One thing that really disturbs me that is being discussed across the internet is this idea that its really easy to write an eBook as if an eBook is different from a book. A book and an eBook are the same thing. They are just produced differently.

  27. Great post and spot on the money in my opinion. It’s up to writers to learn business, focus on the writing, and build a team around them to help. Well said. Thanks for saying it so clearly.

  28. Good food for thought. Funny, I used to fear the advent of digital publishing and the restructuring of the publishers business model. Piracy concerns were always at the forefront of my thinking, too, since as a screenwriter, it really hurts to lose the backend sales since that’s food going off of your table. But I now see the new model as being very empowering for authors.

  29. Brilliant. Just what needs to be said. Said so well. Thanks! People who think they can jump in with a NaNoWriMo mess and become a selling author won’t make it. People who learn their craft FIRST, then self publish (preferably with some inventory) just might make it. We decide. All by ourselves.

  30. Wonderful blog post, Bob. I’m hearing all these “indie” or “self-published” success stories, but not one of them is talking about writing the next book. I learn so much from you blog and thank you for giving your time and expertise.

  31. And the thing is, authors have more control over their fate than ever. It’s an exciting time to become an author. :-)

  32. Totally agree with your blog. I think, given the technical nuances between moving a m/s to a tree-book or an e-book format, there will always be the need for an intermediary. But let’s call this person a facilitator, a guardian angel even, but not an agent, publisher or publicist, and certainly not a gatekeeper. The writer is the ultimate provider of the produce that moves through the gate.

  33. Your posts are always so informative to a new indie. I’ve only been in this game for about six months (wow, that’s it? Feels like forever!), and I came in with high expectations. I have since learned that just because it seems easy on the outside, that doesn’t mean you can waltz in and be a best seller. I’ve discovered a few very helpful folks, such as you (Bob Mayer), Dean Wesley Smith, and Kristen Lamb, and I follow your blogs religiously (well, mostly). The 3 to 5 years for success (at least the kind of success I want) seems reasonable, because that’s what it takes for a business to succeed, but it’s not something a down-but-not-yet-out writer wants to hear. Thank you for reminding me that I’m in this for the full 26 miles, not just a sprint.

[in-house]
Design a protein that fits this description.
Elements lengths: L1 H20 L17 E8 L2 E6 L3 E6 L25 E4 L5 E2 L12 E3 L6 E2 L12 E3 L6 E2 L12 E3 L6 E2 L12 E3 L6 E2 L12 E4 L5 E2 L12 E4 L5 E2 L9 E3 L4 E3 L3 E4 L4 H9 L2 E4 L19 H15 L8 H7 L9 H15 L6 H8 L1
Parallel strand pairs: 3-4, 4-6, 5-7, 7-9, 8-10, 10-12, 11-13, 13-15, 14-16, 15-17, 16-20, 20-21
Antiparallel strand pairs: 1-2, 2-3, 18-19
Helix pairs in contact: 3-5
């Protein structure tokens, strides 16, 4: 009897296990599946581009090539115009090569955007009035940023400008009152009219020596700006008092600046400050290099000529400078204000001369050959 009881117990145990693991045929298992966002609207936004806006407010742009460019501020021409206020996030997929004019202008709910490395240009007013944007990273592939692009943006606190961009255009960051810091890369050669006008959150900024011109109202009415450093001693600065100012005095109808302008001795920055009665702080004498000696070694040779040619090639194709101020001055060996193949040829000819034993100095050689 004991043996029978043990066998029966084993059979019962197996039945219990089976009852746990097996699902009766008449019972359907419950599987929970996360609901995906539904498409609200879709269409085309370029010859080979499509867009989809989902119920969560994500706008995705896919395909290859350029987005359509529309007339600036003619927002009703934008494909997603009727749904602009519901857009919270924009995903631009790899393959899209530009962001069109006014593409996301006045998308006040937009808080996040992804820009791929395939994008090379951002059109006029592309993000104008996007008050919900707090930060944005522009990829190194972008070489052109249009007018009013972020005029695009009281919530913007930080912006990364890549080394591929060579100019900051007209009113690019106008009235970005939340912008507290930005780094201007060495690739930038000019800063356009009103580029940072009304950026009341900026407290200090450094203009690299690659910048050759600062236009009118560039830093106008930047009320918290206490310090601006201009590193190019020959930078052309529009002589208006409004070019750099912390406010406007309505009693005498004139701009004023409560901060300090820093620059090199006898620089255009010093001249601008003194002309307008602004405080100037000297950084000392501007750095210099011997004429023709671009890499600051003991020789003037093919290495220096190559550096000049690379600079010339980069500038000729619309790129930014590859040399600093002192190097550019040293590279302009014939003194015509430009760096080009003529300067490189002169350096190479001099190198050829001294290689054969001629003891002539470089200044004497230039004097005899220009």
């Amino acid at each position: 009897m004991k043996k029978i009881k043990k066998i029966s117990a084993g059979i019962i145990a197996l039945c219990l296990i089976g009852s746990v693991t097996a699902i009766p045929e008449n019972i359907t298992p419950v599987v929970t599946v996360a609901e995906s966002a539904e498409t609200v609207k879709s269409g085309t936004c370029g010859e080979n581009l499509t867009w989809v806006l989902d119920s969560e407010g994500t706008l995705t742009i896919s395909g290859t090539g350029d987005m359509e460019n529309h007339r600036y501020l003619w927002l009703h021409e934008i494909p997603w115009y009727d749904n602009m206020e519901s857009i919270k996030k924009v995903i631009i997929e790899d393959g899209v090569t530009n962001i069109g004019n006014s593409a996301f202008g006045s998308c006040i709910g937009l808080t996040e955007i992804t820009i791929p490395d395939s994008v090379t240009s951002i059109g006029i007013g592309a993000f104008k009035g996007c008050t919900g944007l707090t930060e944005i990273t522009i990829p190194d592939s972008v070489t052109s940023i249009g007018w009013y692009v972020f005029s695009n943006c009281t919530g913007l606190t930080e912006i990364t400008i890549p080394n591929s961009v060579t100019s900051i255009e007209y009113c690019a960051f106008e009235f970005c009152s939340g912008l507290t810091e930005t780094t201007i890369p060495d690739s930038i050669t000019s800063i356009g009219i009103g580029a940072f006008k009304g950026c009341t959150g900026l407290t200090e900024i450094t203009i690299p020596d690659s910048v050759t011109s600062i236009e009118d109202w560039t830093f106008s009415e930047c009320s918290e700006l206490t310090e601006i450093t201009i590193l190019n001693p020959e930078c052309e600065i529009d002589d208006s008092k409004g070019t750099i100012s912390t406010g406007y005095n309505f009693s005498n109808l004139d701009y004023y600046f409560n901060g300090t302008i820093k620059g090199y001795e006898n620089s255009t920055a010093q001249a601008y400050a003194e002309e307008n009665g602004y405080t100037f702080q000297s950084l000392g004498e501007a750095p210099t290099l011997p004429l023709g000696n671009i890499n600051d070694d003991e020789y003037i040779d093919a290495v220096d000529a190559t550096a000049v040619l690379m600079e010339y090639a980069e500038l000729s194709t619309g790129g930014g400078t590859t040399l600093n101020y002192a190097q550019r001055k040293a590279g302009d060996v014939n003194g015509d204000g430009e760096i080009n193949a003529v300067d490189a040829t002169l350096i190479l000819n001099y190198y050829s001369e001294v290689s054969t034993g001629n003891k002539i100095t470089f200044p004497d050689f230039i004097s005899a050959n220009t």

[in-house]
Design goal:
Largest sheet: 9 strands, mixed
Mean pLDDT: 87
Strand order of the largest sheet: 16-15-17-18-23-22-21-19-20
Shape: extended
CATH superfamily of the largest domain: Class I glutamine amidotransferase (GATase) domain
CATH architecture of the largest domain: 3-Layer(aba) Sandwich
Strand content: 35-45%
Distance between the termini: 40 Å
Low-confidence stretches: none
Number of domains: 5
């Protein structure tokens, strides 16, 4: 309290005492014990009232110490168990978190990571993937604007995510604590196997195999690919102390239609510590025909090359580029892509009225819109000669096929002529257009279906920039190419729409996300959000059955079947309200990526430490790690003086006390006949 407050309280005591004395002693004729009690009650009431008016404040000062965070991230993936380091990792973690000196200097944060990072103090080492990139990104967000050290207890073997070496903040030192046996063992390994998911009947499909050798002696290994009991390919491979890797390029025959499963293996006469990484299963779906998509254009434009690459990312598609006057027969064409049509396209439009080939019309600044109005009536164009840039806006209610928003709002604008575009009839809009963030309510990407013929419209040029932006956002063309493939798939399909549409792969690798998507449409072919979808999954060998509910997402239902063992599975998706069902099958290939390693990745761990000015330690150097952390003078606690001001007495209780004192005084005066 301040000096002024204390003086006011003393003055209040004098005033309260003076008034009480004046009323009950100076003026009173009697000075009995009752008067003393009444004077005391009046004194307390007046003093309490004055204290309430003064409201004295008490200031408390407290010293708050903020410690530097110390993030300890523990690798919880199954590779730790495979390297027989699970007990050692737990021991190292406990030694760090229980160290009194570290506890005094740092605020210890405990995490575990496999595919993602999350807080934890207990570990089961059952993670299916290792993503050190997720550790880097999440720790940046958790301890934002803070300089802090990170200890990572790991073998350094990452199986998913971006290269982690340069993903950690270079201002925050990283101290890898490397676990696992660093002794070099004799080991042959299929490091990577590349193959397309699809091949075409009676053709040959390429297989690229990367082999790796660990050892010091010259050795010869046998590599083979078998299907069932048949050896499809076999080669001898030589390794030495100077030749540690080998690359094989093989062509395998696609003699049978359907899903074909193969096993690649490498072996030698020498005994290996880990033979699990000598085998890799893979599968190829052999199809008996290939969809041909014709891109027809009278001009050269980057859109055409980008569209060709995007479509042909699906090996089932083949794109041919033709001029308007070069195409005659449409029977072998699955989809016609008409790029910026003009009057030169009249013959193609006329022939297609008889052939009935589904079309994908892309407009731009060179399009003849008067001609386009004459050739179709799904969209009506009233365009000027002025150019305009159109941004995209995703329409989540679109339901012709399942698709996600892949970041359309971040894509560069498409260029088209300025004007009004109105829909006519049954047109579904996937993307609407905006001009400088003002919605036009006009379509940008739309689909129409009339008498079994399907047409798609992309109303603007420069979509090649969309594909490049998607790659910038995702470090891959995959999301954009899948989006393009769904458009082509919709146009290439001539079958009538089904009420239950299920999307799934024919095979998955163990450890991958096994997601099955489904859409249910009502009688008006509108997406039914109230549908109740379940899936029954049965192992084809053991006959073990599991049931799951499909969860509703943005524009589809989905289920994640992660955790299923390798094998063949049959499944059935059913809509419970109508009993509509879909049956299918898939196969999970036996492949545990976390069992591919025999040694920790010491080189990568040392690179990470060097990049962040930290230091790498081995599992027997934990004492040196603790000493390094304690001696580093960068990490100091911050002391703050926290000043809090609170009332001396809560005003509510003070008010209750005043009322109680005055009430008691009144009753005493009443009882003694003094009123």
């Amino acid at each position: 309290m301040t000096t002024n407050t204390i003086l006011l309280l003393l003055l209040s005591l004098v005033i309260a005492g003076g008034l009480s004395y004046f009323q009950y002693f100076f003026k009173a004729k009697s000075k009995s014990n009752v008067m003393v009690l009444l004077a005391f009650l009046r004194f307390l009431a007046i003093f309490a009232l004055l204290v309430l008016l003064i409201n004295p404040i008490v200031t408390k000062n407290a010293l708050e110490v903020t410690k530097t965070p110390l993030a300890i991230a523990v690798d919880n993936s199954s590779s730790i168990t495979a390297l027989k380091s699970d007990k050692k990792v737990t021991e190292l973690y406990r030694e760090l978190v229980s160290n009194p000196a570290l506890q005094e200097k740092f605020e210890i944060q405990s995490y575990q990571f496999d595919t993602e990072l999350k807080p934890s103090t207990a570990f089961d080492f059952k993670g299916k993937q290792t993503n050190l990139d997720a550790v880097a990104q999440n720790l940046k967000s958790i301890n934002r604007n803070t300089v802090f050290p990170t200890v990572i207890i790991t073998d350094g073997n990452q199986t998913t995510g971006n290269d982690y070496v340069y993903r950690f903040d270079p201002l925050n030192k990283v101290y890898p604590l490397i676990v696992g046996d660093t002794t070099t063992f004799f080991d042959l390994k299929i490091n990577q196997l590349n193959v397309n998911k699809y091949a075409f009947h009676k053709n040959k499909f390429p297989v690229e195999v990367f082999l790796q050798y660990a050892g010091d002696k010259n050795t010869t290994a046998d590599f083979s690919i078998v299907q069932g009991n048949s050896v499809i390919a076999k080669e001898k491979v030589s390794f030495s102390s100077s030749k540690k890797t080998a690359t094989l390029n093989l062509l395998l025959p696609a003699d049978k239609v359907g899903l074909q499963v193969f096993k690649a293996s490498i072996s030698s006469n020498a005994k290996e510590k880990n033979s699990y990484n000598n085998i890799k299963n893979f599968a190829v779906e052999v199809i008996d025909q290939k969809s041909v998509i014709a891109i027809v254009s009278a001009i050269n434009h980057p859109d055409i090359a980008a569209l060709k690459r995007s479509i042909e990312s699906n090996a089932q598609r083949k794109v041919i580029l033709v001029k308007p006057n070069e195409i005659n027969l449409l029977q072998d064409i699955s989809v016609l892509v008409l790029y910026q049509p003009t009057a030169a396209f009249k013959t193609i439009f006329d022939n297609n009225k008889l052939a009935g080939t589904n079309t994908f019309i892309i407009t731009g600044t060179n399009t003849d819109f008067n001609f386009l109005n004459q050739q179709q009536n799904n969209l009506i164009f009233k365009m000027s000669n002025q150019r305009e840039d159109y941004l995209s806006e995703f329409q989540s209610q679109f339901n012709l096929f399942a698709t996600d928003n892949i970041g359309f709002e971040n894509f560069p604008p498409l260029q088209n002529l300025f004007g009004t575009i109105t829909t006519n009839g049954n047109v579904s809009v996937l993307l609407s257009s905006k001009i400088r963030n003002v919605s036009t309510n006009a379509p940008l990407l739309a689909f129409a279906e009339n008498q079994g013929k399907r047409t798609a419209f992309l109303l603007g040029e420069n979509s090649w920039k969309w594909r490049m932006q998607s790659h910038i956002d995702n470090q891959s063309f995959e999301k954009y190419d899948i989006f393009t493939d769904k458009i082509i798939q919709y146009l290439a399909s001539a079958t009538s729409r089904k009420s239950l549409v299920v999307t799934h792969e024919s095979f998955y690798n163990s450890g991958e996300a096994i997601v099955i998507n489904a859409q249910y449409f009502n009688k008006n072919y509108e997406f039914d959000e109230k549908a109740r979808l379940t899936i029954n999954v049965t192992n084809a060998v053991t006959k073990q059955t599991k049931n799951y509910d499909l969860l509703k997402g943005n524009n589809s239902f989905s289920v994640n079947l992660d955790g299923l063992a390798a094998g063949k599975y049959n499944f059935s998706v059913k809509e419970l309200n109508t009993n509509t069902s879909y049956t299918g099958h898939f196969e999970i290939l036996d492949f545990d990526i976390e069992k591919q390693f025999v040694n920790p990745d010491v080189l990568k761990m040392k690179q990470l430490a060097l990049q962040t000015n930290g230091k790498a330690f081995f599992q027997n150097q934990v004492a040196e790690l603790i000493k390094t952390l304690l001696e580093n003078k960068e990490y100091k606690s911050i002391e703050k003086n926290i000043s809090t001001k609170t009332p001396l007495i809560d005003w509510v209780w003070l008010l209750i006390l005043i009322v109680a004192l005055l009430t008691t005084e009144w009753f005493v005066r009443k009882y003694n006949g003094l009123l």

34. >>The ability to promote/market the product is going to determine if readers even get a chance to react to it.

    So it’s actually the writer who is going to determine their own success or failure.<<

    Sadly, I disagree with this statement. There are far too many authors who have superbly edited and written books and they market and promote in all the proper ways and places and still don't sell. They simply don't attract the readers on the surface. It's a total crap shoot. Authors and publishers are totally at the mercy of the moods of readers. Moods change by the moment and have a huge effect on what is purchased and from where.

    I may be in the minority that truly believes there are not and should not be gatekeepers. Yesterday I was excited about getting back to the thriller I am reading by NYT best-selling author. Today I am feeling a little down and am going back to the chick-lit mystery that makes me laugh. The thriller is from a big NY house and the mystery from an Indie pub. The stories are both good, but honestly the Indy book has a better editing job and I paid less for it. I decide what I want to read and when and I don't need, or want, any author or agent or publisher telling me what I SHOULD read. I want them to tell me what there product is and where I can get it. I will make up my own mind from there. And for the record, about 1% of the books I have EVER read were chosen because of any kind of reviews and half of those had negative reviews.